Going Green

Updates and behind the scenes information around our environmental initiatives, projects and programs, including wildlife mitigation, biking, Adopt-a-Highway and more.

Keeping Wildlife Moving Along the SFPR

Tracks SFPR

As people drive the new South Fraser Perimeter Road (SFPR) from Surrey to Delta, a whole other world is unfolding around them. Creatures like otter, deer, mink, waterfowl, nesting birds, turtles and coyotes are going about their daily lives seeking food, raising their young and bedding down for some rest. That’s because when we developed the SFPR, to enhance mobility and safety for people, we worked hard to minimize disruptions for other living beings – like birds, wildlife and fish. Animals (like people) move about in their daily business, so during the SFPR’s project design, we looked at where creatures travelled within the area. Then we created or maintained connections for animals to travel to their various habitats. In total, we built 80 fish and wildlife crossings (mostly culverts) below the 40-kilometre SFPR corridor, to keep animals off the road and safe from traffic. Motion-sensors, time-lapse cameras and “track...

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3 Ways BikeBC Supports Cycling in B.C. Communities

North Vancouver Bike Lane

Local governments that want to expand cycling in their areas have until Sept. 30, 2014 to apply for BikeBC funding, in three categories. The funding supports larger and smaller projects, and projects that connect to the Gateway Program Cycling program in the Lower Mainland. When applying for the funding, local governments explain to BikeBC how new cycling lanes, trails and paths will increase physical activity and healthy living in their communities. Gateway Cycling Program funding is available to Lower Mainland communities that want to link to the Gateway Program cycling network. Projects can facilitate better connections to transit, cycling and pedestrian routes. The Provincial Cycling Investment Program contributes to major cycling infrastructure. Find out more at: motcycling@gov.bc.ca. The Cycling Infrastructure Partnerships Program assists with smaller-scale projects, such as bike lanes and paths through municipalities. BikeBC is creating opportunities for British Columbians to cycle to work and school, or for...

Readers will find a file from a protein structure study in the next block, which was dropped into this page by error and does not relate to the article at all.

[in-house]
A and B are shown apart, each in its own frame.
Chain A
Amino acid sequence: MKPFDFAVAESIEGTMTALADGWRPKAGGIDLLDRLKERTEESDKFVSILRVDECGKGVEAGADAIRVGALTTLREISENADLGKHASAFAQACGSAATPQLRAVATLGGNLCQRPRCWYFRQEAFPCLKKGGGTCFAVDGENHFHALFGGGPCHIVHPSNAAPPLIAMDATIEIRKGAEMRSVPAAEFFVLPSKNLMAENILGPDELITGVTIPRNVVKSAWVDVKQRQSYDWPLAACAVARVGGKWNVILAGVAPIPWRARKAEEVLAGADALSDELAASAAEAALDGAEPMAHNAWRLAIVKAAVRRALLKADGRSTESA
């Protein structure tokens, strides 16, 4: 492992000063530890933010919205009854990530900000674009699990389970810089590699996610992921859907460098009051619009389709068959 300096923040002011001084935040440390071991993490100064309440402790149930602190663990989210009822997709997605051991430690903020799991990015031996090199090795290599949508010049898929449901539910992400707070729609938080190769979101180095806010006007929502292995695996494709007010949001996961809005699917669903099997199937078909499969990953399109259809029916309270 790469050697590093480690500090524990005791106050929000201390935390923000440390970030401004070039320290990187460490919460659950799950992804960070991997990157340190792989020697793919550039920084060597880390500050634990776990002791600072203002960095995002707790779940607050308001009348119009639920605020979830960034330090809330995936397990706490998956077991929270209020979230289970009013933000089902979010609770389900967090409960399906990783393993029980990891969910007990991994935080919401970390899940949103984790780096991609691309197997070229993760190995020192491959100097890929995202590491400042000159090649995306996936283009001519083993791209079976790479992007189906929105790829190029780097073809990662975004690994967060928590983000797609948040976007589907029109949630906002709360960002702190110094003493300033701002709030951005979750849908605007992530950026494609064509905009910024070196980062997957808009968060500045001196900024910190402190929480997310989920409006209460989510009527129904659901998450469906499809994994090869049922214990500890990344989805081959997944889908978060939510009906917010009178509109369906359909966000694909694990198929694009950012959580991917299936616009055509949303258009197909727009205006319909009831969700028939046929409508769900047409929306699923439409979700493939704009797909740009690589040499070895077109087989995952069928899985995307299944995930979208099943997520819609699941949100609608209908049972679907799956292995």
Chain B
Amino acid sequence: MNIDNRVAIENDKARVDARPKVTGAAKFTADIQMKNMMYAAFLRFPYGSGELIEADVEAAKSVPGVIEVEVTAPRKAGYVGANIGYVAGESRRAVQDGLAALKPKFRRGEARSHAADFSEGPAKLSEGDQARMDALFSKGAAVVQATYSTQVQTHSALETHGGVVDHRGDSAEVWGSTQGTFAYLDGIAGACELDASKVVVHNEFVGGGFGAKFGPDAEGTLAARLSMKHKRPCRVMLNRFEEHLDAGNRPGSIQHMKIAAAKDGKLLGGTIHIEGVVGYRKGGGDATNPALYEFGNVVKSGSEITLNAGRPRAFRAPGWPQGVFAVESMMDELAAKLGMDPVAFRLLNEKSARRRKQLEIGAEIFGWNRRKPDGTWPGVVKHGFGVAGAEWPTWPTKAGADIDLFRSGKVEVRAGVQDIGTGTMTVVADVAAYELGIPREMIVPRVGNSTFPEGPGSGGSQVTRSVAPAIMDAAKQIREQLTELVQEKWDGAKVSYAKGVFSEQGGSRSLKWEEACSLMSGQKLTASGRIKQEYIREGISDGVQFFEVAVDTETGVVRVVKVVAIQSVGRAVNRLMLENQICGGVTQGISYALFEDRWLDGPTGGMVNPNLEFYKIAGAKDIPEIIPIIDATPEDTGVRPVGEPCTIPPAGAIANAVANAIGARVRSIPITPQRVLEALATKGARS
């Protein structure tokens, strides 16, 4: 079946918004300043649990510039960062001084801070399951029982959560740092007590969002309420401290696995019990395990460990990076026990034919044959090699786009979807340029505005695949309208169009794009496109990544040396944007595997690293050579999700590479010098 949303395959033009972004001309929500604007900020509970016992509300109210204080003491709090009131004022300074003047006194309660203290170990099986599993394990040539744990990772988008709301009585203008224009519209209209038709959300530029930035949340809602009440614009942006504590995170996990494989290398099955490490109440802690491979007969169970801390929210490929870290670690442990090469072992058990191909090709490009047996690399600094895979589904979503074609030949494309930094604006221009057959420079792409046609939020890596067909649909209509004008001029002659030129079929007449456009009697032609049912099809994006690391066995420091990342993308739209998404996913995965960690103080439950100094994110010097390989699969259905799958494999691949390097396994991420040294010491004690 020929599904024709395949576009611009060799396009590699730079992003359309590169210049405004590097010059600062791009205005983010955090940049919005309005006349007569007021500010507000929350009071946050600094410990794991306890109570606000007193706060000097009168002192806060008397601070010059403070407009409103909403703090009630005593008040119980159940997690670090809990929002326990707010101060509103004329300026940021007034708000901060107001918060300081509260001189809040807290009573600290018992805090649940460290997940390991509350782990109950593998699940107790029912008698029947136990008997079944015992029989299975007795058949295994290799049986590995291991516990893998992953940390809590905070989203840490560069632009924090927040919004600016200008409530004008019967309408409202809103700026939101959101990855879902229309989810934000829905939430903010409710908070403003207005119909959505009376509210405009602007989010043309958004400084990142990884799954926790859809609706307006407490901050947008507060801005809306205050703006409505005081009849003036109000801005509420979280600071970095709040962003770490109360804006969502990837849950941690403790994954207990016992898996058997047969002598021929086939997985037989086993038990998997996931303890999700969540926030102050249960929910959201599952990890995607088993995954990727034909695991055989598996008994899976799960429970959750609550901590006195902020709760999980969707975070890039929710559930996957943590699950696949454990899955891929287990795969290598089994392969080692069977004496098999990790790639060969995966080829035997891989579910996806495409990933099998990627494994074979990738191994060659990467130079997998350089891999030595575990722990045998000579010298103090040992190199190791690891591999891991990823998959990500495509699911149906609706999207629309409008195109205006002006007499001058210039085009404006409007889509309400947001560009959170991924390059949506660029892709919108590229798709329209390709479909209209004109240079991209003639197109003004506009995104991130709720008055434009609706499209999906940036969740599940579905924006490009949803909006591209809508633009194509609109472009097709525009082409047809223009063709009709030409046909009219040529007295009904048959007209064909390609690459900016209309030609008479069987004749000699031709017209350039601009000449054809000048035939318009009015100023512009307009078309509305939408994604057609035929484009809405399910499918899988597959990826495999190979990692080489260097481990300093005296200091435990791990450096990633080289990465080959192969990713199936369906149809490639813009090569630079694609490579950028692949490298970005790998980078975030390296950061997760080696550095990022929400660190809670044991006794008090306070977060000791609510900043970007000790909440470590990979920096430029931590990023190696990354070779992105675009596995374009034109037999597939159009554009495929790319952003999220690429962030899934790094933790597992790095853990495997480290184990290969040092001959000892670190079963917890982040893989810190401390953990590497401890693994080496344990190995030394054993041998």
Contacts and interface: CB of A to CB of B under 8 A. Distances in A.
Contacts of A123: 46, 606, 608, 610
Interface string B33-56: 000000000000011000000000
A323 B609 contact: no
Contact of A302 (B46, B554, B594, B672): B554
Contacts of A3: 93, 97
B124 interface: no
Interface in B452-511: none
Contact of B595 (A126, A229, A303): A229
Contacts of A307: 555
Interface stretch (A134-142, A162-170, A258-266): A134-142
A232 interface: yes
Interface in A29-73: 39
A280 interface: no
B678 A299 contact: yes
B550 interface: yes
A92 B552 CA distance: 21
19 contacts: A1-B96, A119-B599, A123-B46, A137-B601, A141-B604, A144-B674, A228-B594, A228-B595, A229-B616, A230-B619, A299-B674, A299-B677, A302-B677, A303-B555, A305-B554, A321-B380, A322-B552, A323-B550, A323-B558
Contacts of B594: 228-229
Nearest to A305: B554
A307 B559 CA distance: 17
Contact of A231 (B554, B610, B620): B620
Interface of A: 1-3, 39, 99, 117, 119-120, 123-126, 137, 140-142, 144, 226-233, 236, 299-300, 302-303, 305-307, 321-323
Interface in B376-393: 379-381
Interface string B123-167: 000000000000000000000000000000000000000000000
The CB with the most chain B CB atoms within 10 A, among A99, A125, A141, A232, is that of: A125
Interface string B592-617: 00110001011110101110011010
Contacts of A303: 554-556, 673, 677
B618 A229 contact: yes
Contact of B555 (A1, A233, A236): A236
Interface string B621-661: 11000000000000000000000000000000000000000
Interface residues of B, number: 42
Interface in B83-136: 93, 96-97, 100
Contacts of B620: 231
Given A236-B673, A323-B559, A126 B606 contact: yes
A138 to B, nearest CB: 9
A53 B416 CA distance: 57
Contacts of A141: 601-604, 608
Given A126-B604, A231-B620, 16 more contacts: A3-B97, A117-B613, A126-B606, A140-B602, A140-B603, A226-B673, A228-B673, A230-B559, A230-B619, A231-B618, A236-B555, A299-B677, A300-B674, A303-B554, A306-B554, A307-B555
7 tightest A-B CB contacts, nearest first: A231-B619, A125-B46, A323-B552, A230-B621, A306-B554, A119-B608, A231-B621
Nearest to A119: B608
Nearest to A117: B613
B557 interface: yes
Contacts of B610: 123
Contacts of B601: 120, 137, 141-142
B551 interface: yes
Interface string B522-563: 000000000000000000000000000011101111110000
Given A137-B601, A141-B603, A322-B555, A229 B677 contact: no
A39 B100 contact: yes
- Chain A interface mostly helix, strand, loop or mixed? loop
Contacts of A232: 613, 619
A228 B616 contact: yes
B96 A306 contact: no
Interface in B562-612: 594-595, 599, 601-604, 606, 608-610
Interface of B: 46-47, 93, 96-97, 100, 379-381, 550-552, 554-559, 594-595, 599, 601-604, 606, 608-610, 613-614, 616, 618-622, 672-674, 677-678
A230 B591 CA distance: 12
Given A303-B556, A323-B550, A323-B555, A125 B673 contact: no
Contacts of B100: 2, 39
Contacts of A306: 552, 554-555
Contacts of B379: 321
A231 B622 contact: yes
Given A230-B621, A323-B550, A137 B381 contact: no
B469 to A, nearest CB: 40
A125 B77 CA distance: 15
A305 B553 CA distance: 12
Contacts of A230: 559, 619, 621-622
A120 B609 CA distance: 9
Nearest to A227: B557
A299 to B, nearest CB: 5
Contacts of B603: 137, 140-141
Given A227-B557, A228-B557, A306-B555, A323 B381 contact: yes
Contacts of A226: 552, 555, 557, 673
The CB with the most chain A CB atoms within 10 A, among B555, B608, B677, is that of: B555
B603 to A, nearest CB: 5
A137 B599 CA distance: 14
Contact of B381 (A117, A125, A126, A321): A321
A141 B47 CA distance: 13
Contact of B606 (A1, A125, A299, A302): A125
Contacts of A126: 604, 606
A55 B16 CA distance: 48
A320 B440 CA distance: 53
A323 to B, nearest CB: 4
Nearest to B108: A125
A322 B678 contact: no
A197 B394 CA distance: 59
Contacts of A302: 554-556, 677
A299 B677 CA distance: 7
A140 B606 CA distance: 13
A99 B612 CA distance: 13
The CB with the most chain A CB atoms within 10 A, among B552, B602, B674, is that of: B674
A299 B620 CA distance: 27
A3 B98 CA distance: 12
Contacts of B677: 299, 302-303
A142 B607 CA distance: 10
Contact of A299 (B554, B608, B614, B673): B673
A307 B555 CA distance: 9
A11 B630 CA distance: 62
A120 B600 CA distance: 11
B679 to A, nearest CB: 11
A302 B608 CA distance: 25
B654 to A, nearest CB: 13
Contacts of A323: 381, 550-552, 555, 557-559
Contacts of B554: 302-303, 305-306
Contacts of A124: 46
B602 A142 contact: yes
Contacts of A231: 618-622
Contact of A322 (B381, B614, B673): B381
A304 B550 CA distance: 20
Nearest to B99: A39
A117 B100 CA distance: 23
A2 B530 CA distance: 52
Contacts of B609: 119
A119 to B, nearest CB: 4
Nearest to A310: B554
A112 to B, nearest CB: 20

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Checking Culvert Choices for Highway Crossing Critters Near Nanaimo

Critters in culverts

                                    If you were an amphibian or reptile, what kind of culvert would you choose to cross under the highway? For us, it’s an important question because the Ministry of Transportation and Infrastructure wants these critters to use culverts as tunnels, to move safely below highways. We really don’t want them risking their necks (though it’s difficult to identify the neck on a snake or frog) by crossing over pavement. So, we’re testing two kinds of culverts in the Nanaimo area, to see which passage is preferred. The different designs affect the temperature, light and humidity of each culvert’s interior. To find out which culvert the creatures – those like toads, turtles, salamanders, snakes and newts – choose, we’re using cameras to capture their travels. Check out this video and see if...

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Why We Have 5 Big Questions about Solar Roadways

Solar road

There’s been a lot of talk about solar roadways lately, and since we’ve started to get questions about them, we thought we’d let you know where we stand on the issue. The idea of using our roads to generate power sounds great, and we’re eager to see how this technology develops, but at this moment, don’t expect to see solar provincial roadways in B.C. anytime soon. Here’s why. The concept is still very much being researched and tested. The American Federal Highway Administration (FHWA) funded a test concept brought forward by the company Solar Roadways in 2011. That test was in a parking lot in Sagle, Idaho. It’s now complete, and the company is now looking for funding to move to the next phase of research and testing. A question we’d want answered is how this would stand up to a 26,000 kg logging truck trailer? Ever heard of...

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16 Ways BikeBC is Opening Up the Road for BC Cyclists

Biking BC